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  • Writer's pictureNotes From The Frontier

In Honor of a Magnificent Warhorse

Updated: Mar 11, 2023

A Legendary "Blue" Lakota Warhorse Lives On and Is Still Honored Today

In the history of human warfare, horses have paid nearly as great a price as men on the battlefield. Horses played a crucial role in Plains Indian warfare. In the Battle of the Little Bighorn, one mysterious horse has become an icon: the mighty blue roan warhorse of Hunkpapa Lakota No Two Horns, the cousin of Sitting Bull. His courageous stallion was shot and badly wounded SEVEN times but carried his wounded rider to safety off the battlefield before dying. His beloved stallion’s death haunted him for the rest of his life. No Two Horns was 24 at the time.

How do we know about this extraordinary blue roan stallion? No Two Horns began to record his battlefield experiences on “ledgers” and other artwork after he was relegated to the Standing Rock Reservation that straddles North and South Dakota. (Ledgers are a Native American artform that flourished from the 1860s to the 1920s, mostly on reservations. Indians recounted their memories on rawhide, stone, wood, cloth, and paper. Ledgers became a valued legacy among Native Americans and historical scholars to reveal details of historical events. (WATCH FOR FUTURE POSTS ABOUT INDIAN LEDGERS!) 

Joseph No Two Horns—his Lakota name was He Nupa Wanica—was a Hunkpapa warrior and cousin of Sitting Bull. He later became a prolific artist. Today, his ledgers, horse effigies, walking sticks, drums, tipi covers, and wood sculptures are exhibited by the Smithsonian, The Metropolitan Museum of Art, the South Dakota and North Dakota State Historical Societies, Denver Art Museum, Minneapolis Institute of Art, and others. His chief subject was his mighty blue roan stallion. 

The coloring of war horses in Lakota warrior culture was crucial and could mean the difference between life and death, victory and defeat. Wild colored horses were highly valued as embodying powerful medicine and protection in battle. Blue roans—horses with an extraordinary mix of black, grey and white hairs that had a strange blue hue—were especially valued. These were the colors of war (black), blue grey (storms), and white (light) and provided a powerful shield for horse and rider. (Blue roans were a favored color for Lakota warhorses. Sitting Bull’s favorite horse was a blue roan, too.) No Two Horns’ blue roan had striking white coloring too: a white blaze over most of his face and four white socks up to his hocks. He was swift, smart and, most of all, intrepid in battle. His heart was strong. We know this by No Two Horns’ powerful depictions of his horse.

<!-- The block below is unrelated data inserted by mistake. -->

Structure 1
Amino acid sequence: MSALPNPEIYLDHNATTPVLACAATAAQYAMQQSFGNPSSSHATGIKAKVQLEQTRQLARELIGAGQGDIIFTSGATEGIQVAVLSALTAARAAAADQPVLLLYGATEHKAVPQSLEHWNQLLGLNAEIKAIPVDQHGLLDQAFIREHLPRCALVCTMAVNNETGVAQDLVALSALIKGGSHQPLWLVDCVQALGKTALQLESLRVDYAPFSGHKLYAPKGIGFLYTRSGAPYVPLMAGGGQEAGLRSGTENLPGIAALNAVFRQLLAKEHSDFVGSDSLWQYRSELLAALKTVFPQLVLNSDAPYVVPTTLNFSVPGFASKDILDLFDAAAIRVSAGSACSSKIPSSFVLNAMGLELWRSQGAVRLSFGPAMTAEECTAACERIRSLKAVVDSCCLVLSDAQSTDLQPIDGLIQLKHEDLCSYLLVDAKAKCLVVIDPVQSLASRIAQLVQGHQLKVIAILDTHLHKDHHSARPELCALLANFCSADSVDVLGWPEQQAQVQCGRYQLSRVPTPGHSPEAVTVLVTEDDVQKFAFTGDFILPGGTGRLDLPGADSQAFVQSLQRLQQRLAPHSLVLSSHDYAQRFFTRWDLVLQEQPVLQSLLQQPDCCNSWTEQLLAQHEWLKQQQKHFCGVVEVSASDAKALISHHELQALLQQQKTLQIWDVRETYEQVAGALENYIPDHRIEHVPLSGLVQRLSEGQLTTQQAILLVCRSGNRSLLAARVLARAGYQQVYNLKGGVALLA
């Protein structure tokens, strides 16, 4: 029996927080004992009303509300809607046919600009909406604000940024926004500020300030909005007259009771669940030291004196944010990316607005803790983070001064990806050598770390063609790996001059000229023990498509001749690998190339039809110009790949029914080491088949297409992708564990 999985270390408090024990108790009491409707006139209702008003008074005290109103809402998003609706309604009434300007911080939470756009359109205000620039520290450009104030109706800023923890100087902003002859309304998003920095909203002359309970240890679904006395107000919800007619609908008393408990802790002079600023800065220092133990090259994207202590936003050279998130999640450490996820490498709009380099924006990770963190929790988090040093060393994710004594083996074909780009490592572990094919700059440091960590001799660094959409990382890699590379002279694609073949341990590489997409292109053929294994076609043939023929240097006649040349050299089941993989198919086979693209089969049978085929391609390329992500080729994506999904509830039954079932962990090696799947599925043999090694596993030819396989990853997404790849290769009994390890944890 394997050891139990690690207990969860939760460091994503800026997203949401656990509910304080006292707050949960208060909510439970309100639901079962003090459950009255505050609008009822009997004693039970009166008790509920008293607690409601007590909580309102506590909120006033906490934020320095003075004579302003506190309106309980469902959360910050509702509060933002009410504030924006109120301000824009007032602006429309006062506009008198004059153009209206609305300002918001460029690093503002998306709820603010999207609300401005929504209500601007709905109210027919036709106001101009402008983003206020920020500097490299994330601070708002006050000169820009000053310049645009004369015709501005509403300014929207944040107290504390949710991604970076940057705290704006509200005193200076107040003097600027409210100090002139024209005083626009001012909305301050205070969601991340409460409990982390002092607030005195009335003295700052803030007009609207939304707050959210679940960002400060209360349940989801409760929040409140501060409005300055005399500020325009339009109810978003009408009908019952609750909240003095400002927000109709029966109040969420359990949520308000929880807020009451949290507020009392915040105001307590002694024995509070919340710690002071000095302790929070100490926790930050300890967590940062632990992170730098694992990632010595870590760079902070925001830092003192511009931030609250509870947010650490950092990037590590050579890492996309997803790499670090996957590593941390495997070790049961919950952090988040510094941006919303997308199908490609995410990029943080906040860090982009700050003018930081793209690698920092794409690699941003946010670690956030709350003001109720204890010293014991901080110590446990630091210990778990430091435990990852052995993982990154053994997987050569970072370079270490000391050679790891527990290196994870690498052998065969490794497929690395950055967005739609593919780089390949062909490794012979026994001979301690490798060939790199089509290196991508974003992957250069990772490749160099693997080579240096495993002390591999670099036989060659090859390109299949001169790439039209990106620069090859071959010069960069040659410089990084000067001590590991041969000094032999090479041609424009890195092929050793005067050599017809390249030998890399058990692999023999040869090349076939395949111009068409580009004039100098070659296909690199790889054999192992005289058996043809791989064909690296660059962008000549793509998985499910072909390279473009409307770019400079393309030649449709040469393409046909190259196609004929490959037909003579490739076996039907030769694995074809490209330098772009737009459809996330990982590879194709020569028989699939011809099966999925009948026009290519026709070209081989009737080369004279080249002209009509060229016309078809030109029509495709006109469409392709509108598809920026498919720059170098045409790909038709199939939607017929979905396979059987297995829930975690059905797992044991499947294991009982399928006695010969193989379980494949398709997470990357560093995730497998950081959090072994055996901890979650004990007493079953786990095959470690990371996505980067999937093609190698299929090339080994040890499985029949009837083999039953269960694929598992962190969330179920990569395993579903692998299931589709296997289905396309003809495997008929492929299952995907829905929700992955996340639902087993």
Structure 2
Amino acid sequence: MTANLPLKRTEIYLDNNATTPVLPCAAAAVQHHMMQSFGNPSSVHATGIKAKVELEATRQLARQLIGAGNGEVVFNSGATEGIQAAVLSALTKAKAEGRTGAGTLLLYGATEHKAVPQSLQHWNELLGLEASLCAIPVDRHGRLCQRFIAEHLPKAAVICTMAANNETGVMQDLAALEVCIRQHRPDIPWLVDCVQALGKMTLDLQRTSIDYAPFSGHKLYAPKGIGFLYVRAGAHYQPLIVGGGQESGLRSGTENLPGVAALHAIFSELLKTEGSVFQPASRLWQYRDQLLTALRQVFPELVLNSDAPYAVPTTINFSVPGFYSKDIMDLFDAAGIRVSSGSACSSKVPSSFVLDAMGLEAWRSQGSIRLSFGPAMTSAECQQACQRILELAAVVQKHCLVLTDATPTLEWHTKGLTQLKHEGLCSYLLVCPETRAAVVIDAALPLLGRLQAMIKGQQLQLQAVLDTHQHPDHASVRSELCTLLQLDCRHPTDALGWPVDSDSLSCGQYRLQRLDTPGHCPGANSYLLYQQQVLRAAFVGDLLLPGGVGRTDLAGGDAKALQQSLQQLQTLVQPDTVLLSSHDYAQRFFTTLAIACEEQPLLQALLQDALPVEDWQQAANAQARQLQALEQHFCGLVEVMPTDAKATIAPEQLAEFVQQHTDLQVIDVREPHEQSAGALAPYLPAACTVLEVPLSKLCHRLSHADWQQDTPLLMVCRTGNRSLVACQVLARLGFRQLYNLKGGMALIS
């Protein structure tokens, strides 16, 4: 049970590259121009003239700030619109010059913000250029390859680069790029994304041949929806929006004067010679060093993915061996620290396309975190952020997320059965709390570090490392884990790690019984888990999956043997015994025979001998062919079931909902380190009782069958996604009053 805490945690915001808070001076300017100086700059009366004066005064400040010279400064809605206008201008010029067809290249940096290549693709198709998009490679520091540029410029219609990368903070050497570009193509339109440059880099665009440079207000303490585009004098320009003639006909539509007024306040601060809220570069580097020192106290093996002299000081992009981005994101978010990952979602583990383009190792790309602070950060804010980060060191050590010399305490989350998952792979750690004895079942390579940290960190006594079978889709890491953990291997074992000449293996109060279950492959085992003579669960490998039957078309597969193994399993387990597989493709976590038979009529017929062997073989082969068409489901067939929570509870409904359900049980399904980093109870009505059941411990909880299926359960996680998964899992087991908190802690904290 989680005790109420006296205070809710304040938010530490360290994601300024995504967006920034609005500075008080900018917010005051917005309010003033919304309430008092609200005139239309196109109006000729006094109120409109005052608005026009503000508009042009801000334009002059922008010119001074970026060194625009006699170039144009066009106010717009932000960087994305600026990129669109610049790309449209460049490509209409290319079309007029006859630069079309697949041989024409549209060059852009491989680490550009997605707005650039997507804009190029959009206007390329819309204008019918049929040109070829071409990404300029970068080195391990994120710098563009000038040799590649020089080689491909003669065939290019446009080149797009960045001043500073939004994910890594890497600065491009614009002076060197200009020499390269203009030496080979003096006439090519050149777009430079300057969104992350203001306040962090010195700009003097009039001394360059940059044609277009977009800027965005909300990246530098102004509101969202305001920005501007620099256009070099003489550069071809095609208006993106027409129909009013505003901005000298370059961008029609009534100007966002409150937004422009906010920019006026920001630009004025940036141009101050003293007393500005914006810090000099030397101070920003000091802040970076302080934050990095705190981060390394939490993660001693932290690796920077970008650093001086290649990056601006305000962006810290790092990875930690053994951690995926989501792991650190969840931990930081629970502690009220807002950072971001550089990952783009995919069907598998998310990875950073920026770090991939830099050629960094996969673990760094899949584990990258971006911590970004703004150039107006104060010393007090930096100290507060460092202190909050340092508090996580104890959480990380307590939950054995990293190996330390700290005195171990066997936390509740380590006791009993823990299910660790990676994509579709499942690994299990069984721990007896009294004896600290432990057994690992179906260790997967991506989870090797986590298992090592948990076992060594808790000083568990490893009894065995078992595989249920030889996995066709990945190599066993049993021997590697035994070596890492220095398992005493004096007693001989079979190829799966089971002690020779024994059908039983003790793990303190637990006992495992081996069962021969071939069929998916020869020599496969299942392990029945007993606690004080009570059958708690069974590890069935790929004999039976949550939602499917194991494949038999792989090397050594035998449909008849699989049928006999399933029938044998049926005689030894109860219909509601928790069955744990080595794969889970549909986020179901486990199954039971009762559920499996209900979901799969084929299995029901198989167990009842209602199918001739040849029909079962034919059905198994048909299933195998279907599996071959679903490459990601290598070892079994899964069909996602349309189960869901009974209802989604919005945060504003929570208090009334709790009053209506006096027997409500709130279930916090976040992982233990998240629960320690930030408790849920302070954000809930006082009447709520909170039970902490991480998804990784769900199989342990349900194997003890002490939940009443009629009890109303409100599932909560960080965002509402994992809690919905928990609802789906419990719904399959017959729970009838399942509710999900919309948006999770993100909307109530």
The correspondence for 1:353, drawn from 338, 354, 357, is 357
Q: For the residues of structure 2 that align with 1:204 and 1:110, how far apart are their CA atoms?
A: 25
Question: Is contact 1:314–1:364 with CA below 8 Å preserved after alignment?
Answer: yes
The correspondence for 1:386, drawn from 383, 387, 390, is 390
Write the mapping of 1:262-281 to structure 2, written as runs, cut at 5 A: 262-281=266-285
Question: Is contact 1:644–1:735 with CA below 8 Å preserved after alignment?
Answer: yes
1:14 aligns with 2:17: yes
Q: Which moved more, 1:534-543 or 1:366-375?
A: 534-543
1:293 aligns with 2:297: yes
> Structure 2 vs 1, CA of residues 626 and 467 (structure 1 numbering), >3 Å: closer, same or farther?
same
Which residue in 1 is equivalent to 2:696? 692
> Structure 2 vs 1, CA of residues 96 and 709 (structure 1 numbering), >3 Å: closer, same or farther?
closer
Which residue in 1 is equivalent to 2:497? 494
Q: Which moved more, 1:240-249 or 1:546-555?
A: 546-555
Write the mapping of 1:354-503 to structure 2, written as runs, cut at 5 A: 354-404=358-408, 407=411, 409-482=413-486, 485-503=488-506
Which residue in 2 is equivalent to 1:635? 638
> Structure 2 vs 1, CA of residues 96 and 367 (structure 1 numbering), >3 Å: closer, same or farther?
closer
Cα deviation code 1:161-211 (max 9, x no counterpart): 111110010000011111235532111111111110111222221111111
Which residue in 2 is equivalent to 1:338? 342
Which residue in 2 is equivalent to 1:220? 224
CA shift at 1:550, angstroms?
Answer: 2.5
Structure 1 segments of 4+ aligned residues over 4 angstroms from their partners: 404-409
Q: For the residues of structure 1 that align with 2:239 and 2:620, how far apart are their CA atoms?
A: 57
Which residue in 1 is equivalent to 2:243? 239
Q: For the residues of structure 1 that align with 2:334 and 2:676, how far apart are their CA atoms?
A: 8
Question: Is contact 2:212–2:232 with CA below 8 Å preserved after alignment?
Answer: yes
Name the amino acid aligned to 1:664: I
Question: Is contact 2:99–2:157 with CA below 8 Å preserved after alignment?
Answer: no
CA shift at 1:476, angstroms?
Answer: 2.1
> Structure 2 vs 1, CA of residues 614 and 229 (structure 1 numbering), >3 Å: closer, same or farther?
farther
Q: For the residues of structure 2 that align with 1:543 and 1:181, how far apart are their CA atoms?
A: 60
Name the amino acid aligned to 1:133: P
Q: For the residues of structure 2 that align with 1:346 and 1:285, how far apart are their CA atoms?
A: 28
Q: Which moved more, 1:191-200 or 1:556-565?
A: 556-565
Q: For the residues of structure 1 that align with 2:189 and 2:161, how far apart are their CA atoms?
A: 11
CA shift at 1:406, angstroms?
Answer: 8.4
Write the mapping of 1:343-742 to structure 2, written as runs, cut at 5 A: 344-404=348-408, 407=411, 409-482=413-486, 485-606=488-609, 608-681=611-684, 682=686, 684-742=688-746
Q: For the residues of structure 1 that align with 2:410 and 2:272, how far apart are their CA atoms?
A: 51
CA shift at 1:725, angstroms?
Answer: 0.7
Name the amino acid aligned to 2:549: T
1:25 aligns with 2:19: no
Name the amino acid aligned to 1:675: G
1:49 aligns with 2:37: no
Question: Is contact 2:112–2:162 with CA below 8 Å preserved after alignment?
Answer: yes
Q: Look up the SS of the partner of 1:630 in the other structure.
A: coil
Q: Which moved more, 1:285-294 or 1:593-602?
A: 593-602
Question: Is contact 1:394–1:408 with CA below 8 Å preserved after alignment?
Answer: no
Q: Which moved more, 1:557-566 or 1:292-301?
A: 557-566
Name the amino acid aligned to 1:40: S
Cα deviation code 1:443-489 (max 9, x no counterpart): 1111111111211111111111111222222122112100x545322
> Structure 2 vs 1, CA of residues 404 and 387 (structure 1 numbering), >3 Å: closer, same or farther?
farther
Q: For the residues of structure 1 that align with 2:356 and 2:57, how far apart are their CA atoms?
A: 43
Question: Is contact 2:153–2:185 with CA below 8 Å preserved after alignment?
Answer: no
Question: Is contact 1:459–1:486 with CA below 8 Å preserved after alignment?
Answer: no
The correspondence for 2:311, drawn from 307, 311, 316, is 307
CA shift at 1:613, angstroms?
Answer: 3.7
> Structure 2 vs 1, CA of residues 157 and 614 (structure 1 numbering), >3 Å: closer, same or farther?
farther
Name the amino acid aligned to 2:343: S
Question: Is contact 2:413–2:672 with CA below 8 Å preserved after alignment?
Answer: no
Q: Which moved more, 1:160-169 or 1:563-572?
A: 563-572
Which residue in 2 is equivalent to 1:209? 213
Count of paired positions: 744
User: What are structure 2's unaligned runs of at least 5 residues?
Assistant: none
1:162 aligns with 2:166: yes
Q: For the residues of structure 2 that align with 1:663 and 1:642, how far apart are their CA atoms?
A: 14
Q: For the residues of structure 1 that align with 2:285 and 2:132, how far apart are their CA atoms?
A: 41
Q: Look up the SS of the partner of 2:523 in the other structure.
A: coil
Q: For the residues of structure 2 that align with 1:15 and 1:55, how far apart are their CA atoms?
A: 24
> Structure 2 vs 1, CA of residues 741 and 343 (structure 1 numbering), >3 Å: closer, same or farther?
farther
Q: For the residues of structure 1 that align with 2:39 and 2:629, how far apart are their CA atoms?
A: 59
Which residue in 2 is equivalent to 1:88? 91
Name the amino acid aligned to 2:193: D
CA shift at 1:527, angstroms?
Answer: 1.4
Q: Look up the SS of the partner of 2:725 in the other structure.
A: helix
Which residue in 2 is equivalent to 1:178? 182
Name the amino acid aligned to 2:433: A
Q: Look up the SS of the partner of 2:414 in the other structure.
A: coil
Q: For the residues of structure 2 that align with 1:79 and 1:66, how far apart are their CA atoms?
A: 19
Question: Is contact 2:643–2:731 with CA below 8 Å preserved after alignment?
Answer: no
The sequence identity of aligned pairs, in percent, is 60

One of his ledgers shows his horse, shot seven times under him but still running across the Greasy Grass of the Little Bighorn battlefield, his head and tail held high even in the throes of death. No Two Horns grasps his mount desperately around his neck, holding a short rifle and his shield. His warhorse is bleeding from its nostrils, a sign he is bleeding internally. 

Another ledger shows horse and rider prostrate on the ground, the horse covered in blood, bleeding profusely from his nostrils and many wounds. No Two Horns lies beside him, bleeding from a leg wound, holding his short rifle, wearing a knife and belt of ammunition, his shield on the ground at his side. (Later, his.58-caliber Model 1861 U.S. percussion rifled musket would end up as part of the collection at the North Dakota Historical Society in Bismarck, as would many of his ledgers and pictographs. His original shields fashioned after the one he used at the Little Bighorn are at the North Dakota museum as well as the Metropolitan Museum of Art in New York City.)